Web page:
Sourdough for Beginners

How Do I Know If It’s Dead? And Other Sourdough Starter Questions, Answered

updated Dec 8, 2022
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If I had a dollar for every text, DM, or phone call I’ve answered about sourdough starters just this month, I’d have enough funds to start a small bakery. Make no mistake — I welcome the opportunity to demystify the process of creating, feeding, and baking with a sourdough starter at home.

Caring for a starter shouldn’t be scary, and it only takes a few minutes of time each day (and even less once your starter is established).

Below, I’m answering five of the most common questions about feeding and maintaining a sourdough starter, gathered from Kitchn readers, my friends, and our own Apartment Therapy sourdough Slack channel.

But, First: What Is a Sourdough Starter?

A sourdough starter is a simple mixture of flour and water that has collected natural yeast and bacteria, which give natural leavening (aka rise) and flavor to baked goods. A starter can be substituted for commercial yeast or work in tandem with yeast to raise breads, biscuits, and more.

Credit: Photo: Joe Lingeman; Food Styling: Brett Regot

1. Did I kill my starter? And how do I know if it’s still alive?

A healthy, lively starter that has been properly fed has a clean, slightly yeasty scent and a bubbly surface. Remember — a brand new baby starter isn’t going to have much aroma or bubbles for the first few days, so if your starter is new, it’s likely not dead, it’s just not active yet.

The most common mistake people make when starting a sourdough starter from scratch is storing it in too cold of a location. Make sure your starter is at room temperature while you’re building it.

It’s also very common for starters to have a lot of activity in the first few days and then slow down. The first few super bubbly days are often a result of other bacteria coming to play in the starter, but when they die off, the bubbles will slow or even stop. Keep feeding your starter, and you’ll see normal activity (bubbles) return in a few days.

If your starter has a bit of dark liquid on top, it’s not dead! It simply means it’s hungry and that it’s time to feed it. Unless your starter has a pink or orange hue or is beginning to mold, you probably haven’t killed it yet.

As long as you do your best to create a consistent feeding routine for your starter and store it in the same spot everyday, it should be fine. Pretty soon, you’ll develop an eye for what makes your starter happy.

2. I want to try this, but I only have whole wheat flour at home right now. Will that work?

Yes, absolutely! Whole wheat and rye starters are pretty common in professional bakeries, and can also be fed and maintained with all-purpose flour later on down the line. Keep in mind that whole wheat and rye starters might need more than one feeding a day (most get fed every 12 hours) as they have more available “food” for the hungry bacteria and yeast in your starter.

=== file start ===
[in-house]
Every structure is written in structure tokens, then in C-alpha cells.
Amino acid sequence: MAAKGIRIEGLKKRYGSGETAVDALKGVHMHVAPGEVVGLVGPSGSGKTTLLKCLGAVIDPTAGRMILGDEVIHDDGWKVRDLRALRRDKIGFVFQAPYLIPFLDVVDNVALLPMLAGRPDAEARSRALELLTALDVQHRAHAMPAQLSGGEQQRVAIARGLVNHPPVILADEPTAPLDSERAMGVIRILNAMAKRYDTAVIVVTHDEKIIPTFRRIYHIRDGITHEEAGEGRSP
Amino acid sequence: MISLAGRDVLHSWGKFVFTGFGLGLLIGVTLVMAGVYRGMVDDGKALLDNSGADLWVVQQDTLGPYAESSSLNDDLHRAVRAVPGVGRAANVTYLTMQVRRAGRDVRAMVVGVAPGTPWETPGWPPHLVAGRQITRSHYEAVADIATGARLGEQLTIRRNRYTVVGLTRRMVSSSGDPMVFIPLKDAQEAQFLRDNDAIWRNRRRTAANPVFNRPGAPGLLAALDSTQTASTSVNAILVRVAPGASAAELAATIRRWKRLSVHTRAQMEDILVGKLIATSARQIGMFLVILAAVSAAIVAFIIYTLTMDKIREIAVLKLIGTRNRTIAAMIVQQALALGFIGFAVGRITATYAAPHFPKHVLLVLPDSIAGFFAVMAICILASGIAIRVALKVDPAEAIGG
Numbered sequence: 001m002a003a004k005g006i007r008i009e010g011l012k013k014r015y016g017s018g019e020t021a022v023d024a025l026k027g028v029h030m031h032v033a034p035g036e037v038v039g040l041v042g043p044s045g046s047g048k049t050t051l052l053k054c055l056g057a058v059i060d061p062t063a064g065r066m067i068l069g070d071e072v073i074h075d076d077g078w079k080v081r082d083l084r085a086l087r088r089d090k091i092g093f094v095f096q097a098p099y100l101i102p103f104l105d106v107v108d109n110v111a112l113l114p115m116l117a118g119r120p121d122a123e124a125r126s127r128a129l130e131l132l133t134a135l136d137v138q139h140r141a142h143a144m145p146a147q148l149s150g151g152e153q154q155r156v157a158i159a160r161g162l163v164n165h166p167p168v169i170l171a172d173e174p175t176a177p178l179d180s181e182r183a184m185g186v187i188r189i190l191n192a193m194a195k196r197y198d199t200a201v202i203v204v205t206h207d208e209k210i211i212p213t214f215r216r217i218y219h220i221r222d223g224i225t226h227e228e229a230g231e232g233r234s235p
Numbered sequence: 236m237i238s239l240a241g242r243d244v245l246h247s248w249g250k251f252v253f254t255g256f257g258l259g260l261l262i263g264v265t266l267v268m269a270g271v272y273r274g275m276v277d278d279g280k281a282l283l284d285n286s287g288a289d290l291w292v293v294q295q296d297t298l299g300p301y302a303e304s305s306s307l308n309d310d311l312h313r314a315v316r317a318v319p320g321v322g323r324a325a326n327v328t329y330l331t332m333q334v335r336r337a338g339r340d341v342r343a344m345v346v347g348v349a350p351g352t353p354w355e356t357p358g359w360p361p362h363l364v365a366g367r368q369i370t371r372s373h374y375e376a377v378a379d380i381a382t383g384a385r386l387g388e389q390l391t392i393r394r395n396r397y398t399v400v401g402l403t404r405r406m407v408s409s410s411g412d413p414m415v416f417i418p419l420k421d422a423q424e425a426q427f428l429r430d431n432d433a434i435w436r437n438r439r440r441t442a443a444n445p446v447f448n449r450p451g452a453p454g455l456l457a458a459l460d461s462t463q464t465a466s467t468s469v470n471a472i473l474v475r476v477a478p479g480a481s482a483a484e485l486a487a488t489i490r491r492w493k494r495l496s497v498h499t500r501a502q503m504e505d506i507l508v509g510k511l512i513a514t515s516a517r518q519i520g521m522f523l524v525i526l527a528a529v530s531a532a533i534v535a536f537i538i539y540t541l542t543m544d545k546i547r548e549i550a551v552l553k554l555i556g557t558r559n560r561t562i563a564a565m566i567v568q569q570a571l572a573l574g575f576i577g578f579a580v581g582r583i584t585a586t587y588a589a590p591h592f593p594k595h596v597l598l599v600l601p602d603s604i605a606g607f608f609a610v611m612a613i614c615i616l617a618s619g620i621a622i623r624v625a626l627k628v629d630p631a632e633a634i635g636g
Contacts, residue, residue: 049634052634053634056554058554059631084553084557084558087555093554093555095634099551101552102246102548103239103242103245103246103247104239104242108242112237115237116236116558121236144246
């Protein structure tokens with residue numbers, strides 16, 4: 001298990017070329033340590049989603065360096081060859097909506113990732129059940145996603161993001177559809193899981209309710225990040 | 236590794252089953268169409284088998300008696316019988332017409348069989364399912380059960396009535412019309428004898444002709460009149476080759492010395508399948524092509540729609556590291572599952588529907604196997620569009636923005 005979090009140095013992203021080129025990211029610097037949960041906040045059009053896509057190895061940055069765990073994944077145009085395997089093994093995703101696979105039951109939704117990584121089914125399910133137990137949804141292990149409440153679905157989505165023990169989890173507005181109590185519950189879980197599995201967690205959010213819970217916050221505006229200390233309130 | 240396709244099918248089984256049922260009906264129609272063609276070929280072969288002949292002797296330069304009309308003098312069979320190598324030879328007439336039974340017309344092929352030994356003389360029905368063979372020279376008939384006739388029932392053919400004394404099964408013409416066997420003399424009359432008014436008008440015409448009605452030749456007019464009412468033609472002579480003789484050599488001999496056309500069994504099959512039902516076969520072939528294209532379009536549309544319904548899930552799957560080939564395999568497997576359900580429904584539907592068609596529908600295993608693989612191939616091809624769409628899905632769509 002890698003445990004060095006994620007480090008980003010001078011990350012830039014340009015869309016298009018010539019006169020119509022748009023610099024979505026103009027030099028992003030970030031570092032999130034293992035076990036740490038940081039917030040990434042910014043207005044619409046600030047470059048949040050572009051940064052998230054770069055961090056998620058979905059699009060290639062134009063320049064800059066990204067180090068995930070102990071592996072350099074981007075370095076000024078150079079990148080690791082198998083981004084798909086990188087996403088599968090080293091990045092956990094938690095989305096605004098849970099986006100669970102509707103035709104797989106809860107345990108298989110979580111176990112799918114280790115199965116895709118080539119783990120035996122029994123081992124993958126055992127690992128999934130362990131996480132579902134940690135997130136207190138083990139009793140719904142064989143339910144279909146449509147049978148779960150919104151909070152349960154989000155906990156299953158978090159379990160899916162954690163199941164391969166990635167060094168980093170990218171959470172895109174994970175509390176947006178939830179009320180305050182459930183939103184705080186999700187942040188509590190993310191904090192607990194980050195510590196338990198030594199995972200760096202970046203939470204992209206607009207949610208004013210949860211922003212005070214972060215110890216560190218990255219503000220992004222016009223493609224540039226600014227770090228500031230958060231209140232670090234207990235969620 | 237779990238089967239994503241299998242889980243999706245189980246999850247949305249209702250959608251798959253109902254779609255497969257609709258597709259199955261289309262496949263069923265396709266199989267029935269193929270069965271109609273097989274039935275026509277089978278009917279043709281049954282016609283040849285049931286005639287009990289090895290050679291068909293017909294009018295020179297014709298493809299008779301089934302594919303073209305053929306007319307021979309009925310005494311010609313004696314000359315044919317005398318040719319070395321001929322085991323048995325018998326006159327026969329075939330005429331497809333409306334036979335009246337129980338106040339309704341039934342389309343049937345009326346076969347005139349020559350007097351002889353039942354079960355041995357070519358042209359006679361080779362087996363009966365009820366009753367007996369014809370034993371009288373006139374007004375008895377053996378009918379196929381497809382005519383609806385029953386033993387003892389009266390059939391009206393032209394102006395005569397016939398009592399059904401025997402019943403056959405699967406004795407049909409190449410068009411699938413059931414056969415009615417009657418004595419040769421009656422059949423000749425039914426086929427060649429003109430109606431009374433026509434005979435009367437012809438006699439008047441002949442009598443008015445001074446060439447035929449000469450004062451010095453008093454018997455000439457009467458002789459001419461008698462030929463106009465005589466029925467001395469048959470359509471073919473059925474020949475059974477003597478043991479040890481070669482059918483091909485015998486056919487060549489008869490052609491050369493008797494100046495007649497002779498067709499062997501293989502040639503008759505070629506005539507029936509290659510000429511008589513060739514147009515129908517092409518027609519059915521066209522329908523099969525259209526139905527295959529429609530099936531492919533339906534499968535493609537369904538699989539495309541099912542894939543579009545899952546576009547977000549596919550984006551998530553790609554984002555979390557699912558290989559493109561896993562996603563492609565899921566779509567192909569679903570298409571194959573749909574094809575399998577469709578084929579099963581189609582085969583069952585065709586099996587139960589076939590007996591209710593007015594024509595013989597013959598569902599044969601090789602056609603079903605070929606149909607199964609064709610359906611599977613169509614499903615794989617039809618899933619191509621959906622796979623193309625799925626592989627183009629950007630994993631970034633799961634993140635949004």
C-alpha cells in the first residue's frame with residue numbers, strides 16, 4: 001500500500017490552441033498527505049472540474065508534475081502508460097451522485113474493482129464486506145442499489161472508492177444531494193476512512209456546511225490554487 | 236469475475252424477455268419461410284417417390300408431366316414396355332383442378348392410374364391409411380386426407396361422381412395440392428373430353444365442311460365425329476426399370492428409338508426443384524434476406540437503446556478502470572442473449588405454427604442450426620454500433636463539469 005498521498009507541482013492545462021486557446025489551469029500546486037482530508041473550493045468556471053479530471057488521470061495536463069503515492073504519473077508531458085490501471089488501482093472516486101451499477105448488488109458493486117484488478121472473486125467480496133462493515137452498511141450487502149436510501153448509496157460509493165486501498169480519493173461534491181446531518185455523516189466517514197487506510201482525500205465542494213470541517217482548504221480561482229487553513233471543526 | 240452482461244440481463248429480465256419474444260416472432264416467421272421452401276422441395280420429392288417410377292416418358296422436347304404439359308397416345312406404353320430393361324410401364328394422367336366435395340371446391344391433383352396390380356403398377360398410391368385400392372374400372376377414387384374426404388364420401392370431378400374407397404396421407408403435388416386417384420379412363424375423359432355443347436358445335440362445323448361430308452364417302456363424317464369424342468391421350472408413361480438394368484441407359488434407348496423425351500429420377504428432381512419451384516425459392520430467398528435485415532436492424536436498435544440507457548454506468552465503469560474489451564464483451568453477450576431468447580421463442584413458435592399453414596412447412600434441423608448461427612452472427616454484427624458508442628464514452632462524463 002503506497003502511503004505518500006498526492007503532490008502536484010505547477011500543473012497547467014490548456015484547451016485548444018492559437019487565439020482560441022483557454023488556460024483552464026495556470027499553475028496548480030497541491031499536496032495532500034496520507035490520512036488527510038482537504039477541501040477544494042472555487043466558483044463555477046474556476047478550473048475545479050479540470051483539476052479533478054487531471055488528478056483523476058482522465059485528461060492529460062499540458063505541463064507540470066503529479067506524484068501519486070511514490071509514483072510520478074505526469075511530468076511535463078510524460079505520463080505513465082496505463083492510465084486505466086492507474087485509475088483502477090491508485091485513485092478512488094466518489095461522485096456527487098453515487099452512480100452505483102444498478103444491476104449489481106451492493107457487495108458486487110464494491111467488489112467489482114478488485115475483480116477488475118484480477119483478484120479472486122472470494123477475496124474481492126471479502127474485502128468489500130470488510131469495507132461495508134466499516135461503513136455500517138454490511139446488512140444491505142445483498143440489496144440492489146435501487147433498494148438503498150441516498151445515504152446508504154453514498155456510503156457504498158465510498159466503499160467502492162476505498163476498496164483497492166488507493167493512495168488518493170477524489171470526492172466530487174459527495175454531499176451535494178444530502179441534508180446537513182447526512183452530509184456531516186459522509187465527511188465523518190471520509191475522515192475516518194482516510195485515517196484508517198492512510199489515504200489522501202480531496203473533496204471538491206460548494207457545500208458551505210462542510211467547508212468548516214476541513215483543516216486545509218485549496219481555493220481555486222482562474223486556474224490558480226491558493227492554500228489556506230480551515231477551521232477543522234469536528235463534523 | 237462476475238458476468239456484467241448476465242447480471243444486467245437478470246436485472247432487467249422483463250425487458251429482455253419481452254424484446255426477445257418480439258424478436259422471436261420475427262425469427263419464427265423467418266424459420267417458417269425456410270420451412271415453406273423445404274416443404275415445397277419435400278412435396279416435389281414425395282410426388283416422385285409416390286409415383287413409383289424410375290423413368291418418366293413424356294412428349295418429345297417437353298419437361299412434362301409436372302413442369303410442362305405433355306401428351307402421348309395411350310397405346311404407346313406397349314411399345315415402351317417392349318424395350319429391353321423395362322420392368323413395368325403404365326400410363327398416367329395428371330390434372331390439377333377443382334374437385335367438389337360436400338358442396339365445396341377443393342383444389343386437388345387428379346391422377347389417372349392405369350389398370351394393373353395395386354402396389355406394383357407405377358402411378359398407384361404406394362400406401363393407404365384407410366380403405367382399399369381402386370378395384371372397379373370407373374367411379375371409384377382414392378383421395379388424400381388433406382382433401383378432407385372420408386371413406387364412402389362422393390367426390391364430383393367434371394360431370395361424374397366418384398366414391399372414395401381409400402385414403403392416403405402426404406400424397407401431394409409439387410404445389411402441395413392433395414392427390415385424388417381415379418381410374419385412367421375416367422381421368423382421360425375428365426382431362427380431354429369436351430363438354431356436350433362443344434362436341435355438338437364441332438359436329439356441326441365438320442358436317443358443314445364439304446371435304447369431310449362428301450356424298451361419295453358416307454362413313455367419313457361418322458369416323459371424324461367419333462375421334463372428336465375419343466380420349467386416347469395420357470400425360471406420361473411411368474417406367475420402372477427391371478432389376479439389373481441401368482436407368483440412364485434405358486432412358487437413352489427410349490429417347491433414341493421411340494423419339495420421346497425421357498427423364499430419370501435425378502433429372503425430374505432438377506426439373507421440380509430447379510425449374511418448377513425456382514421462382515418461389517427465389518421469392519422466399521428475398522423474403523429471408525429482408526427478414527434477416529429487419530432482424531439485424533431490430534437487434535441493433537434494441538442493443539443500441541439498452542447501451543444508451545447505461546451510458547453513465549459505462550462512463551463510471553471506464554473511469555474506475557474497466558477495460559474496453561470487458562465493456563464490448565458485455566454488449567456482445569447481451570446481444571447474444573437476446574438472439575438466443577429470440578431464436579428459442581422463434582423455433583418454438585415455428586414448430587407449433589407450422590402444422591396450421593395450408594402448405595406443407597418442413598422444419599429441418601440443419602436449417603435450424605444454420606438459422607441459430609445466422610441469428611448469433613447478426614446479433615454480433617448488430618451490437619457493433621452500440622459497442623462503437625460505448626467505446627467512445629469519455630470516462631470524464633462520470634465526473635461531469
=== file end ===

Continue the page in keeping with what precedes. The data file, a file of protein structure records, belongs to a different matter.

3. When is my starter strong enough for baking?

A new starter will be ready for bread baking within 7 to 10 days. The best way to tell if your starter is ready is to feed it and measure its growth in a four hour period. A healthy, robust starter should double in volume within four hours of feeding. If it does double, begin the next step of the process (the levain) immediately.

You can also perform a “float test” which is a little less reliable, but can be used if you feel pretty confident in your starter and want to skip the feeding test. Just fill a cup with room temperature water and add 1 teaspoon of your starter. If it floats, it’s ready to go!

4. When you say discard half the starter, what do you mean? Throw it out?

You’ll discard half the starter to keep the ratio of starter to flour and water consistent, and so that you don’t end up with a gallon of starter when you only need a cup or two for most baking projects.

If you’re following Kitchn’s starter guide, you’ll begin “discarding” after day 4 of establishing your starter. You can throw discard away, but you can also use this discard to make another starter to share with a friend or save it for cooking and baking. Personally, I keep an airtight container of discard in my fridge for baking biscuits and making crackers and pancakes.

Credit: Modernist Cuisine

5. Can I take a break from my starter?

Yes, after your starter is established (about 10 days after you created it), you can move it from room temperature storage, where you feed it everyday, to the fridge. A starter stored in the fridge can be fed once a week. If you plan to use it often, you can store it for up to two months without feeding. When you want to use the starter again, remove it from the fridge for a few hours, then feed it every 12 hours for 36 hours before you make bread with it.

Need a really long break? You can even freeze your starter!

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